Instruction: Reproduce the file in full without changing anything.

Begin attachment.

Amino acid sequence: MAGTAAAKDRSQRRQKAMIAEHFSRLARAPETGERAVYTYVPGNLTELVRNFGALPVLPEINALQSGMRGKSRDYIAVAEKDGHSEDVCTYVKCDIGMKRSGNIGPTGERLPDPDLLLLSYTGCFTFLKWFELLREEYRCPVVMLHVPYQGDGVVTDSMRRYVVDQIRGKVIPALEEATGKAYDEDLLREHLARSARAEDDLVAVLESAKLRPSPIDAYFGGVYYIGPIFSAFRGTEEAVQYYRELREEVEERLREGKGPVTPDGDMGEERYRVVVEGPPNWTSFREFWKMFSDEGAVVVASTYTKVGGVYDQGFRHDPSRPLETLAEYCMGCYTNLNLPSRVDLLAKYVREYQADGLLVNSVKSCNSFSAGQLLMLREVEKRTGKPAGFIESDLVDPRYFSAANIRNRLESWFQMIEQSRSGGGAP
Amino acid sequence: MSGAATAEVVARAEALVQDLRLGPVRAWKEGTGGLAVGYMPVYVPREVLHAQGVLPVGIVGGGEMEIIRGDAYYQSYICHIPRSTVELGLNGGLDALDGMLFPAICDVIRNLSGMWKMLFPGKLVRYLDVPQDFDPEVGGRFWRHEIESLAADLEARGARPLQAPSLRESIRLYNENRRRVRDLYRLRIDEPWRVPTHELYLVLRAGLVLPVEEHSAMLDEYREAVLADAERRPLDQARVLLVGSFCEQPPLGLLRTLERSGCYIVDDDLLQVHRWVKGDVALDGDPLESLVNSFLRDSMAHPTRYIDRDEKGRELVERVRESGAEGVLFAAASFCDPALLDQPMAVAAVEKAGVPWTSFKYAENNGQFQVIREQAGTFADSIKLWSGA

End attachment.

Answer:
Amino acid sequence: MAGTAAAKDRSQRRQKAMIAEHFSRLARAPETGERAVYTYVPGNLTELVRNFGALPVLPEINALQSGMRGKSRDYIAVAEKDGHSEDVCTYVKCDIGMKRSGNIGPTGERLPDPDLLLLSYTGCFTFLKWFELLREEYRCPVVMLHVPYQGDGVVTDSMRRYVVDQIRGKVIPALEEATGKAYDEDLLREHLARSARAEDDLVAVLESAKLRPSPIDAYFGGVYYIGPIFSAFRGTEEAVQYYRELREEVEERLREGKGPVTPDGDMGEERYRVVVEGPPNWTSFREFWKMFSDEGAVVVASTYTKVGGVYDQGFRHDPSRPLETLAEYCMGCYTNLNLPSRVDLLAKYVREYQADGLLVNSVKSCNSFSAGQLLMLREVEKRTGKPAGFIESDLVDPRYFSAANIRNRLESWFQMIEQSRSGGGAP
Amino acid sequence: MSGAATAEVVARAEALVQDLRLGPVRAWKEGTGGLAVGYMPVYVPREVLHAQGVLPVGIVGGGEMEIIRGDAYYQSYICHIPRSTVELGLNGGLDALDGMLFPAICDVIRNLSGMWKMLFPGKLVRYLDVPQDFDPEVGGRFWRHEIESLAADLEARGARPLQAPSLRESIRLYNENRRRVRDLYRLRIDEPWRVPTHELYLVLRAGLVLPVEEHSAMLDEYREAVLADAERRPLDQARVLLVGSFCEQPPLGLLRTLERSGCYIVDDDLLQVHRWVKGDVALDGDPLESLVNSFLRDSMAHPTRYIDRDEKGRELVERVRESGAEGVLFAAASFCDPALLDQPMAVAAVEKAGVPWTSFKYAENNGQFQVIREQAGTFADSIKLWSGA